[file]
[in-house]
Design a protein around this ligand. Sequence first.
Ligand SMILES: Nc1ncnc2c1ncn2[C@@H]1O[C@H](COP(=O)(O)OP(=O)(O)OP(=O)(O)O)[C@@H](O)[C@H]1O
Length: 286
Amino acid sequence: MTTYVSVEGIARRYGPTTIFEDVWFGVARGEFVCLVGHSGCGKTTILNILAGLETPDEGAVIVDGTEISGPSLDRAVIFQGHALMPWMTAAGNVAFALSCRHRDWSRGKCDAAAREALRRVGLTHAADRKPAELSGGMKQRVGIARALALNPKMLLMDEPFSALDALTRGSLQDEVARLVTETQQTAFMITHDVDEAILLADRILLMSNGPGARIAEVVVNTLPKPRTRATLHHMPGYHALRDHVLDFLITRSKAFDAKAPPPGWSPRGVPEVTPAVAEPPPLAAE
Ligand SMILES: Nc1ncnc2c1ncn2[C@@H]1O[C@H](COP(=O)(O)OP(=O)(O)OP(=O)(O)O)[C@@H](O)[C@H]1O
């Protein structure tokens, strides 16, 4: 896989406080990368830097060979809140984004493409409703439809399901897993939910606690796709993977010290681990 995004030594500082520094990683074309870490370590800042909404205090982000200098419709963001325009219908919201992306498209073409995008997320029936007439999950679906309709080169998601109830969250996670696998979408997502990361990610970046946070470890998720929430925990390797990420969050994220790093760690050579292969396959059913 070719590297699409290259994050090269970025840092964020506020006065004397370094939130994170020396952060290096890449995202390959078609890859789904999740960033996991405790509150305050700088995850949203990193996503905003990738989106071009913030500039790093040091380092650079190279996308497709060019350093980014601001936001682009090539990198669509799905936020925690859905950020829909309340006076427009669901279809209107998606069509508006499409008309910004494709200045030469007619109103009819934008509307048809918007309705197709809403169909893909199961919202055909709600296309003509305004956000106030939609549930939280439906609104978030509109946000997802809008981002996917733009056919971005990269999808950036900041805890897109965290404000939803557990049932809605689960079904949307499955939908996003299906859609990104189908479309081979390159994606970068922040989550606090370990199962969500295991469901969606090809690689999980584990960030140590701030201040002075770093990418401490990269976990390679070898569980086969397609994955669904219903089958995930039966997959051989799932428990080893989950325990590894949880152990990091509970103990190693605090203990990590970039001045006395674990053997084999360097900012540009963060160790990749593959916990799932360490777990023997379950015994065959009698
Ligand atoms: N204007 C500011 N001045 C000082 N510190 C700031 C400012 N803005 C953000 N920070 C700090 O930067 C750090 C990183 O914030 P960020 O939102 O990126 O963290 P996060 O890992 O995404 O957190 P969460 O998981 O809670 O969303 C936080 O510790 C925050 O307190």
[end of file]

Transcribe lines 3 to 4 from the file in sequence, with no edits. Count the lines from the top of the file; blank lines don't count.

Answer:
Ligand SMILES: Nc1ncnc2c1ncn2[C@@H]1O[C@H](COP(=O)(O)OP(=O)(O)OP(=O)(O)O)[C@@H](O)[C@H]1O
Length: 286